Without further ado…

5 Simple Ways to Improve Your Credit Score

5. Limit “hard hits” on your credit.

This is 10% of your credit score.

Someone getting multiple credit cards and loans all at once is seen as risky to lenders. They want to be sure you are not taking on too much debt all at once. Credit-seeking activities generate hard hits and is seen as risky if you have a lot of them in a short amount of time.

If you are planning to buy a car or house in the near future, it would be best not to open up a new credit card in the two years leading up to it.

4. Use different types of credits.

This is 10% of your credit score.

Showing that you are capable of managing various types of credit is a good thing to lenders. For example, you might have two credit cards (credit cards are revolving credit) and a car payment (also called installment credit).

However, never take out a loan simply to diversify your lines of credit.

3. Increase the length of time you’ve had your accounts open.

This is 15% of your credit score.

The longer the better. This is because you are seen as more experienced if you’ve had various lines of credit open for a decent amount of time. If you are young, this is simply going to hurt your score until you’ve had time to establish yourself in the world of consumer credit.

Aside from ensuring you open up at least one credit card when you are young (and use it responsibly), there’s not much you can do to improve this other than wait. Be sure to not close any credit cards unless you absolutely need to due to over-spending or something like that.

If you are over-spending, I recommend you read my article on how to spend money more in line with your values. Chances are good your money isn’t being used to increase your happiness if you are constantly maxing out your credit cards:

2. Pay down your debt.

This is 30% of your credit score.

Technically, the credit bureaus that keep your score do so by using a metric called “credit utilization”. Basically, they look at how much credit (or debt) you could use vs. how much credit you actually use.

It is mainly a snapshot in time. So if you historically use most of your available credit, it will not negatively affect your score unless you are currently using most of your available credit at the time your score is pulled.

A simple example would be if you have one credit card with a limit of $1,000, and you keep a balance of $500 on average, your credit utilization rate would be 50%. Experts (including the credit bureaus themselves, say you should keep this number below 30%. However, it is important to note that people with the highest credit scores generally only use 7% or less of their available credit at any given time.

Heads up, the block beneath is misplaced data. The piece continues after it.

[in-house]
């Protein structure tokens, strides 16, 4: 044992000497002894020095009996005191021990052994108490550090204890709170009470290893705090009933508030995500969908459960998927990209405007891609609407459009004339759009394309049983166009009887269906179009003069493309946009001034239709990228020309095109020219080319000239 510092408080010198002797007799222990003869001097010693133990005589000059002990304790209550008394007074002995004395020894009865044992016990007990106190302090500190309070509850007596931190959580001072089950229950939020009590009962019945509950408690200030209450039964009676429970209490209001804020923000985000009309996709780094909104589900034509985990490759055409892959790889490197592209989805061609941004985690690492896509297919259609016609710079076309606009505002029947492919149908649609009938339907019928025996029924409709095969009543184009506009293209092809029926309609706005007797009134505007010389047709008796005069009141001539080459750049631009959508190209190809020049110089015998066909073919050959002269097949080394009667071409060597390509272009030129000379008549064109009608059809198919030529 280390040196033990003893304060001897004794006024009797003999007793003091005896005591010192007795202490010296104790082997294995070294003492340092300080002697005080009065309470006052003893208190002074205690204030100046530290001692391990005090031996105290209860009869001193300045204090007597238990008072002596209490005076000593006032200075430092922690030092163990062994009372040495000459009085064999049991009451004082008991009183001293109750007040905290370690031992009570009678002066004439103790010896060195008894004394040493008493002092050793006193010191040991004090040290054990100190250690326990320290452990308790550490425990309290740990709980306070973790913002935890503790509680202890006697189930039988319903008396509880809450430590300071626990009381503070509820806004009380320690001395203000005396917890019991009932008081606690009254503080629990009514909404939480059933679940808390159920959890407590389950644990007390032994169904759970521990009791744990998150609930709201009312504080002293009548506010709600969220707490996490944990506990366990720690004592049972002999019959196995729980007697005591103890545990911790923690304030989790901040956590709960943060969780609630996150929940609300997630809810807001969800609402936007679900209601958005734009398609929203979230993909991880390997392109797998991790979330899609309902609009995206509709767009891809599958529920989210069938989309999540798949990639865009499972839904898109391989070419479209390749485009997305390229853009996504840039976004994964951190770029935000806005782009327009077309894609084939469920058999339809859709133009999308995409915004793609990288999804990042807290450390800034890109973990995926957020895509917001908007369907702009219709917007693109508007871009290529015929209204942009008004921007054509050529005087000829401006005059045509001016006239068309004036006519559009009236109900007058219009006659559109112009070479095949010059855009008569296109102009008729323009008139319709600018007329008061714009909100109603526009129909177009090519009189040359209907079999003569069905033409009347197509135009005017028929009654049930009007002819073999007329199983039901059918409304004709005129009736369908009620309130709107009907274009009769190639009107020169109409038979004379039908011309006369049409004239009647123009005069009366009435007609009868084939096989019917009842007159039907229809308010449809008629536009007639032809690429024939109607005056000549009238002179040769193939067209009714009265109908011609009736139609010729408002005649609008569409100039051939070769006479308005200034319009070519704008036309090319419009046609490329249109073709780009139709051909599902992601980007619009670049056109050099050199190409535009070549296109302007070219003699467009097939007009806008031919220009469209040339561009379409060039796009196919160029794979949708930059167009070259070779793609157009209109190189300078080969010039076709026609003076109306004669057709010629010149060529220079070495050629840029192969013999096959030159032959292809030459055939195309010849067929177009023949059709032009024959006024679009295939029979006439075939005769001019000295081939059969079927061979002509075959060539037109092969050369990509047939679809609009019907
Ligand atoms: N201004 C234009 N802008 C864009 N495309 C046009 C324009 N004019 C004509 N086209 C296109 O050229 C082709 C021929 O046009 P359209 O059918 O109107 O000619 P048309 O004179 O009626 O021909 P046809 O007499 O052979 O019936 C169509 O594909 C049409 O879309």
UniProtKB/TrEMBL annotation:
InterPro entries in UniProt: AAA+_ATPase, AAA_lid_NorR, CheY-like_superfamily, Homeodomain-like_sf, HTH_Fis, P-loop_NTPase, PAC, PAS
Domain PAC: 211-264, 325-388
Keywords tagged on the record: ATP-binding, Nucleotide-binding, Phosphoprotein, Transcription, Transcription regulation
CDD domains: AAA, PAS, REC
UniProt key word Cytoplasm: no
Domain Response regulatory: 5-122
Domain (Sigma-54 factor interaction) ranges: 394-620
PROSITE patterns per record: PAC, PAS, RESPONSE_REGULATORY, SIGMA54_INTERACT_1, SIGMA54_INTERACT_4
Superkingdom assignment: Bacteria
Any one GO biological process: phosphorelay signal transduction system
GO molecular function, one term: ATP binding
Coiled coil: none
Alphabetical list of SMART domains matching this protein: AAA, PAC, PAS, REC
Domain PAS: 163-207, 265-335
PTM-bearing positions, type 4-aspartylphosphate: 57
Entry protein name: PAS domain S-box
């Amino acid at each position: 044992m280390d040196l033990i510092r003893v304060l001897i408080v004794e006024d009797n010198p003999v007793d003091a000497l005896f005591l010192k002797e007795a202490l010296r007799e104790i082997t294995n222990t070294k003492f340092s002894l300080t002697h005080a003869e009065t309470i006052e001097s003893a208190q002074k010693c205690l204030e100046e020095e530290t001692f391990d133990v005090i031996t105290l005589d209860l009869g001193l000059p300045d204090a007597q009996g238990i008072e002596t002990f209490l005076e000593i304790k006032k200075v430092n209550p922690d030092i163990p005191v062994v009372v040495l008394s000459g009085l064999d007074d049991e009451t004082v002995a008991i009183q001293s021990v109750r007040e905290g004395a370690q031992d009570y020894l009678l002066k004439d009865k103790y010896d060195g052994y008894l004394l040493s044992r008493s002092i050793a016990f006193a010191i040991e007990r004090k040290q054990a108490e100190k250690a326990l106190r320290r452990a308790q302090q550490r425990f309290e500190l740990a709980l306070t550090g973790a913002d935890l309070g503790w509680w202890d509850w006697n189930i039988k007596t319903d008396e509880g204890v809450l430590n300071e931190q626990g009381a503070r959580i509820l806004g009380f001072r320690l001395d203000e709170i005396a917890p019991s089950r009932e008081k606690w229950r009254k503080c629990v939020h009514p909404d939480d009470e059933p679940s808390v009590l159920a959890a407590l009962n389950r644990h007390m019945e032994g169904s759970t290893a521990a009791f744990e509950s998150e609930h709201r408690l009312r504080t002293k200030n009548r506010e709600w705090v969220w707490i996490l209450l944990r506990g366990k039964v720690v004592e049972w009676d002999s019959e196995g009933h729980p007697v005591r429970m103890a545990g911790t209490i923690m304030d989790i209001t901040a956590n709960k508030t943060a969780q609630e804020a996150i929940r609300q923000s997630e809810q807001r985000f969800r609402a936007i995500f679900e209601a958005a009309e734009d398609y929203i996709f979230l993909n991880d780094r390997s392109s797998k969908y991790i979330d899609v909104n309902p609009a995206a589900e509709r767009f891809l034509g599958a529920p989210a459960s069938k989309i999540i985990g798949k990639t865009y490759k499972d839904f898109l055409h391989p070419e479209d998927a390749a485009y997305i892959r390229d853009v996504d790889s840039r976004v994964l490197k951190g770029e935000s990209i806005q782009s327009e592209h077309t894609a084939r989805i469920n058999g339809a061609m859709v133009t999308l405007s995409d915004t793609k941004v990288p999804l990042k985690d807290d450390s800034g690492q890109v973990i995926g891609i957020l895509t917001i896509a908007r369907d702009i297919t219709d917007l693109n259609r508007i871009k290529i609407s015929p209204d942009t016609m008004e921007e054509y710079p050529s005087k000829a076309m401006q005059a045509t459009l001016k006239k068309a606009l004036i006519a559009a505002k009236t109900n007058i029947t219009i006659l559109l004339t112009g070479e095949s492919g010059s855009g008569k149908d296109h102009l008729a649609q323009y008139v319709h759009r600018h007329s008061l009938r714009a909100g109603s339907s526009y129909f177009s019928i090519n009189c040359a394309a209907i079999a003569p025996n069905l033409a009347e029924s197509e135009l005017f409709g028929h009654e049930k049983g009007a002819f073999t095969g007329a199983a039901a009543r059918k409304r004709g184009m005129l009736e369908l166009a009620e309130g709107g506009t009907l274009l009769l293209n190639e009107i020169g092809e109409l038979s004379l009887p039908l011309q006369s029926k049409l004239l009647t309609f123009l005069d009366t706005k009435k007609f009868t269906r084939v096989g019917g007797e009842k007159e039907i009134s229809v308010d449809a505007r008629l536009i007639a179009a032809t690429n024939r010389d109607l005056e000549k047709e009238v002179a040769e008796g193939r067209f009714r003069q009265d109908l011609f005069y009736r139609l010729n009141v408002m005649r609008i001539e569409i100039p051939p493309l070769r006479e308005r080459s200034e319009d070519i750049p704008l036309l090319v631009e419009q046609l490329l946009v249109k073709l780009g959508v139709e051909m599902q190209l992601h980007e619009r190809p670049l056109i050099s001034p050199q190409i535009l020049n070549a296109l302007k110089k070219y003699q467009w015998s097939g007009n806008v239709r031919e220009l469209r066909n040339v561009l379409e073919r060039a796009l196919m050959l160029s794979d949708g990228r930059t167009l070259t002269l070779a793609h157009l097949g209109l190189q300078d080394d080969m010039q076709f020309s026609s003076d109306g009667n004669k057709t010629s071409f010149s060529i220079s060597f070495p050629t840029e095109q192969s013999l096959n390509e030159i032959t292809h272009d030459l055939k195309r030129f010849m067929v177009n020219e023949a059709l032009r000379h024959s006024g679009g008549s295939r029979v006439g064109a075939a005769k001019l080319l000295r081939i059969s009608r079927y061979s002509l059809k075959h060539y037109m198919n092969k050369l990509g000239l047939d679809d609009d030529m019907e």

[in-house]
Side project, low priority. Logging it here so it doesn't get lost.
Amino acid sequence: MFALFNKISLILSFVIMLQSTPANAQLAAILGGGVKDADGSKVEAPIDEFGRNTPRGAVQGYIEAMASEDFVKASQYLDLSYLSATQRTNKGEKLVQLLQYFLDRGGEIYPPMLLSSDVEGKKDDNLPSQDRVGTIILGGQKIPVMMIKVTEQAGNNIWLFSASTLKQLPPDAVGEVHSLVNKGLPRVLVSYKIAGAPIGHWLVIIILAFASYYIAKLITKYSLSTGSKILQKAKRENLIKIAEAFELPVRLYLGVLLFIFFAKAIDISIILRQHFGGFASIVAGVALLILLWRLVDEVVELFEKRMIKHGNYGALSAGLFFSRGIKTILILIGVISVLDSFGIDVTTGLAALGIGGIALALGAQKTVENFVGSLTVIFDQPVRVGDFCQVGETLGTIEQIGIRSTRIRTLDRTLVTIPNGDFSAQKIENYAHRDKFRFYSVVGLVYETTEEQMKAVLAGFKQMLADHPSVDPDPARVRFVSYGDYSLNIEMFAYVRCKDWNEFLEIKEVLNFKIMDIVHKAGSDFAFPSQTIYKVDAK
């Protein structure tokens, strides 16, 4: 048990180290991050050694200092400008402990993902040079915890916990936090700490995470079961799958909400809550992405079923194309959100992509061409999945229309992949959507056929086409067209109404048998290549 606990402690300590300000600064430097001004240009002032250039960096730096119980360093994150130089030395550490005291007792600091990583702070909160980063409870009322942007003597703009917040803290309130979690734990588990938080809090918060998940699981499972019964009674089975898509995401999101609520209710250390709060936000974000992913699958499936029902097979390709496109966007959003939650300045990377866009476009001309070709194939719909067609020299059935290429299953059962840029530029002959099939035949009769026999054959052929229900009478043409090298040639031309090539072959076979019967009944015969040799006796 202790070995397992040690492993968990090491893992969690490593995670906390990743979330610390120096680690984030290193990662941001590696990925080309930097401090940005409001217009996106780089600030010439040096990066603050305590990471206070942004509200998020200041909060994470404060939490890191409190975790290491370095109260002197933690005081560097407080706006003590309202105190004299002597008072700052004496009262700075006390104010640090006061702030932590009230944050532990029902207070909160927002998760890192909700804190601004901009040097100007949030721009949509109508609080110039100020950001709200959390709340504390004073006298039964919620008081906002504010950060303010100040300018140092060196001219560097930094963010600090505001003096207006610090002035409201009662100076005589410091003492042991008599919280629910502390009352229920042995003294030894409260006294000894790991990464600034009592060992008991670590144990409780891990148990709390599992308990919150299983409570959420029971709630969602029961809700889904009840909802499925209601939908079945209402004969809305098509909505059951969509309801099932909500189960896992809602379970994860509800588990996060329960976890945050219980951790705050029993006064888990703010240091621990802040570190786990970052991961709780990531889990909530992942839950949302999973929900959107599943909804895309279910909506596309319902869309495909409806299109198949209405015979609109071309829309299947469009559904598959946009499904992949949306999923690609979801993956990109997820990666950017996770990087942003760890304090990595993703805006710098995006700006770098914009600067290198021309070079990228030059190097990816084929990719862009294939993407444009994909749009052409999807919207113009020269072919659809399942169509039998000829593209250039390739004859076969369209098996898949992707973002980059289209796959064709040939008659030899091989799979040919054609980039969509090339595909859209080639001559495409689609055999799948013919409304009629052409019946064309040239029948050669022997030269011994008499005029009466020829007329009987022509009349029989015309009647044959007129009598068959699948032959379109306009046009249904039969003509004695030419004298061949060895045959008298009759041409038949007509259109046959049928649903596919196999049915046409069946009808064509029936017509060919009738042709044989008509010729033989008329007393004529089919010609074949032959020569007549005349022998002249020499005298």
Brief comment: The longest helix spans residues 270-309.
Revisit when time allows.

This is why it can actually be a good thing to have a few different lines of credit open. You may also consider having your existing credit card limits increased. To do so, simply call your credit card company and tell them you’d like to increase your credit limit. They will typically do a “hard hit” on your credit, and if everything looks good, they may increase your limit.

1. Pay your bills on time.

Paying your bills on time is the single most important contributor to your credit score.

This is 35% of your credit score.

Whether or not you pay back your debt on time is a great indicator of whether or not you will pay back your debt on time. Set up auto-pay whenever possible. Keep a small spreadsheet of your bills and when they are due. Keep track of your due dates and do everything you can to never miss a payment.

If you’ve missed a payment in the past, there’s no much you can do about it other than wait. Bad marks on your credit report for missed payments will fall away after 7 years.

Super Secret Credit Tip

If you made it this far in the article, you must REALLY care about your credit. Nice job! You are in good company. As a reward, here is a super secret tip that most people get completely wrong:

You do not need to carry any balance on your credit card to improve your credit score.

The reason is because the interest that you pay on a credit card is not reported to the credit bureaus. It’s not part of the algorithm to determine your credit score. Don’t believe me? Go check your credit report. There are only two numbers reported to the credit bureaus that manage your score, statement balance and available credit.

No need to pay the high interest rate when the credit bureaus don’t care about it. Pay your bills on time, and in full, every time.